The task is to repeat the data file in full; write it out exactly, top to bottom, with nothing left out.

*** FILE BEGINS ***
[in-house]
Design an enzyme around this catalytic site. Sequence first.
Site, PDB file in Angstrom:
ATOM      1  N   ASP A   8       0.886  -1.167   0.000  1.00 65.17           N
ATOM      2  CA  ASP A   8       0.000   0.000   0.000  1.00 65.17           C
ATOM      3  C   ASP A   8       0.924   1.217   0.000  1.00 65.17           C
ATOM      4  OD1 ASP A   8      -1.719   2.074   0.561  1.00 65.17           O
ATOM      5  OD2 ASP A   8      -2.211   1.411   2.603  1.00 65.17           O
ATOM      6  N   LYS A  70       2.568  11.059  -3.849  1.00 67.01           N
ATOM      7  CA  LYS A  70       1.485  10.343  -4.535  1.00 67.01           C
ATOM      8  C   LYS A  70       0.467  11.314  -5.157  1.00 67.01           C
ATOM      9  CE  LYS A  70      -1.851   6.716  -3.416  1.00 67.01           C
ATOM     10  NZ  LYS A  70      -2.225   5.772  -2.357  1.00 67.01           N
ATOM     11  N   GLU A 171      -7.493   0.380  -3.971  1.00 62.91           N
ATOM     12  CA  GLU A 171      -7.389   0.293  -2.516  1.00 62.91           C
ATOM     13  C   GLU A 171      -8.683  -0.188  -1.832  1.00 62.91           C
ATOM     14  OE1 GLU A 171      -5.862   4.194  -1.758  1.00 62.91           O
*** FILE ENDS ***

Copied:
[in-house]
Design an enzyme around this catalytic site. Sequence first.
Site, PDB file in Angstrom:
ATOM      1  N   ASP A   8       0.886  -1.167   0.000  1.00 65.17           N
ATOM      2  CA  ASP A   8       0.000   0.000   0.000  1.00 65.17           C
ATOM      3  C   ASP A   8       0.924   1.217   0.000  1.00 65.17           C
ATOM      4  OD1 ASP A   8      -1.719   2.074   0.561  1.00 65.17           O
ATOM      5  OD2 ASP A   8      -2.211   1.411   2.603  1.00 65.17           O
ATOM      6  N   LYS A  70       2.568  11.059  -3.849  1.00 67.01           N
ATOM      7  CA  LYS A  70       1.485  10.343  -4.535  1.00 67.01           C
ATOM      8  C   LYS A  70       0.467  11.314  -5.157  1.00 67.01           C
ATOM      9  CE  LYS A  70      -1.851   6.716  -3.416  1.00 67.01           C
ATOM     10  NZ  LYS A  70      -2.225   5.772  -2.357  1.00 67.01           N
ATOM     11  N   GLU A 171      -7.493   0.380  -3.971  1.00 62.91           N
ATOM     12  CA  GLU A 171      -7.389   0.293  -2.516  1.00 62.91           C
ATOM     13  C   GLU A 171      -8.683  -0.188  -1.832  1.00 62.91           C
ATOM     14  OE1 GLU A 171      -5.862   4.194  -1.758  1.00 62.91           O